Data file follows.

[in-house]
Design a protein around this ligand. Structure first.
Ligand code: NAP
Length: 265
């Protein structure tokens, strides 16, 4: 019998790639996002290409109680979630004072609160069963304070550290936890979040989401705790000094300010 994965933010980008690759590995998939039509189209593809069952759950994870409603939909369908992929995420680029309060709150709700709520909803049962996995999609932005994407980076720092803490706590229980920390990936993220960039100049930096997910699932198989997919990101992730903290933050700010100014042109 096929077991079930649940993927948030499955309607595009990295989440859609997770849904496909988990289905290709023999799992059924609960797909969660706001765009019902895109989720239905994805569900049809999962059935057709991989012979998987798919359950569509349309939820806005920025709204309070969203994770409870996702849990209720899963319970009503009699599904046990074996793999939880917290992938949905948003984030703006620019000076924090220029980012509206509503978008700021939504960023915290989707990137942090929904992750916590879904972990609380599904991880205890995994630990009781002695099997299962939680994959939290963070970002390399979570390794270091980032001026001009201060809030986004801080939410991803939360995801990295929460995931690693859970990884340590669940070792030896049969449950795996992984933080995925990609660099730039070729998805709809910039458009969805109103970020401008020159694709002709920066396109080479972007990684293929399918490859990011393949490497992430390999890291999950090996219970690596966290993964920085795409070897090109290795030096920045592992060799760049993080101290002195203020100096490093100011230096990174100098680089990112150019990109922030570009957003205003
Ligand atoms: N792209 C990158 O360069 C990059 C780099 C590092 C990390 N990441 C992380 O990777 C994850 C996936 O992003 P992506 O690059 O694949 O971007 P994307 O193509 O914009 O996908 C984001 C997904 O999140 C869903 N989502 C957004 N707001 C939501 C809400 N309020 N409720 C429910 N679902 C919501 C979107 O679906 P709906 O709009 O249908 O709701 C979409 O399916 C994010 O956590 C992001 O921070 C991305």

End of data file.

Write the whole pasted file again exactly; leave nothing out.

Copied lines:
[in-house]
Design a protein around this ligand. Structure first.
Ligand code: NAP
Length: 265
């Protein structure tokens, strides 16, 4: 019998790639996002290409109680979630004072609160069963304070550290936890979040989401705790000094300010 994965933010980008690759590995998939039509189209593809069952759950994870409603939909369908992929995420680029309060709150709700709520909803049962996995999609932005994407980076720092803490706590229980920390990936993220960039100049930096997910699932198989997919990101992730903290933050700010100014042109 096929077991079930649940993927948030499955309607595009990295989440859609997770849904496909988990289905290709023999799992059924609960797909969660706001765009019902895109989720239905994805569900049809999962059935057709991989012979998987798919359950569509349309939820806005920025709204309070969203994770409870996702849990209720899963319970009503009699599904046990074996793999939880917290992938949905948003984030703006620019000076924090220029980012509206509503978008700021939504960023915290989707990137942090929904992750916590879904972990609380599904991880205890995994630990009781002695099997299962939680994959939290963070970002390399979570390794270091980032001026001009201060809030986004801080939410991803939360995801990295929460995931690693859970990884340590669940070792030896049969449950795996992984933080995925990609660099730039070729998805709809910039458009969805109103970020401008020159694709002709920066396109080479972007990684293929399918490859990011393949490497992430390999890291999950090996219970690596966290993964920085795409070897090109290795030096920045592992060799760049993080101290002195203020100096490093100011230096990174100098680089990112150019990109922030570009957003205003
Ligand atoms: N792209 C990158 O360069 C990059 C780099 C590092 C990390 N990441 C992380 O990777 C994850 C996936 O992003 P992506 O690059 O694949 O971007 P994307 O193509 O914009 O996908 C984001 C997904 O999140 C869903 N989502 C957004 N707001 C939501 C809400 N309020 N409720 C429910 N679902 C919501 C979107 O679906 P709906 O709009 O249908 O709701 C979409 O399916 C994010 O956590 C992001 O921070 C991305």